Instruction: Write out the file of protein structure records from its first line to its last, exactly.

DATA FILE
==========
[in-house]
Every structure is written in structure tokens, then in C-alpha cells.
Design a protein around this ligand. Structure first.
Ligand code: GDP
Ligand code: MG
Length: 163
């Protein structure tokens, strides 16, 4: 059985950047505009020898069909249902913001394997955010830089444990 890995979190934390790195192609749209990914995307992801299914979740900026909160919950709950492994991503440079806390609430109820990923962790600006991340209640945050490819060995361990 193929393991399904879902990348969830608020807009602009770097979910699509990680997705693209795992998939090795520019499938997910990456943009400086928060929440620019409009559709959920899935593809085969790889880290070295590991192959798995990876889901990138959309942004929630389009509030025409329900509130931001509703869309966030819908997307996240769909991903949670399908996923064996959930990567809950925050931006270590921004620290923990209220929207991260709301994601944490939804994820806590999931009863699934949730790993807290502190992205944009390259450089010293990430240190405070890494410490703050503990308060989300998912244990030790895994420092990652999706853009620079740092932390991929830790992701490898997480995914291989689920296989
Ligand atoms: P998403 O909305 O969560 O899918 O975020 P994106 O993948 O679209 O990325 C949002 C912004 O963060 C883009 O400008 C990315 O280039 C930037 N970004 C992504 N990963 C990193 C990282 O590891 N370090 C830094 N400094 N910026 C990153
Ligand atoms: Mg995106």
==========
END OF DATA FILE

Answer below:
[in-house]
Every structure is written in structure tokens, then in C-alpha cells.
Design a protein around this ligand. Structure first.
Ligand code: GDP
Ligand code: MG
Length: 163
């Protein structure tokens, strides 16, 4: 059985950047505009020898069909249902913001394997955010830089444990 890995979190934390790195192609749209990914995307992801299914979740900026909160919950709950492994991503440079806390609430109820990923962790600006991340209640945050490819060995361990 193929393991399904879902990348969830608020807009602009770097979910699509990680997705693209795992998939090795520019499938997910990456943009400086928060929440620019409009559709959920899935593809085969790889880290070295590991192959798995990876889901990138959309942004929630389009509030025409329900509130931001509703869309966030819908997307996240769909991903949670399908996923064996959930990567809950925050931006270590921004620290923990209220929207991260709301994601944490939804994820806590999931009863699934949730790993807290502190992205944009390259450089010293990430240190405070890494410490703050503990308060989300998912244990030790895994420092990652999706853009620079740092932390991929830790992701490898997480995914291989689920296989
Ligand atoms: P998403 O909305 O969560 O899918 O975020 P994106 O993948 O679209 O990325 C949002 C912004 O963060 C883009 O400008 C990315 O280039 C930037 N970004 C992504 N990963 C990193 C990282 O590891 N370090 C830094 N400094 N910026 C990153
Ligand atoms: Mg995106």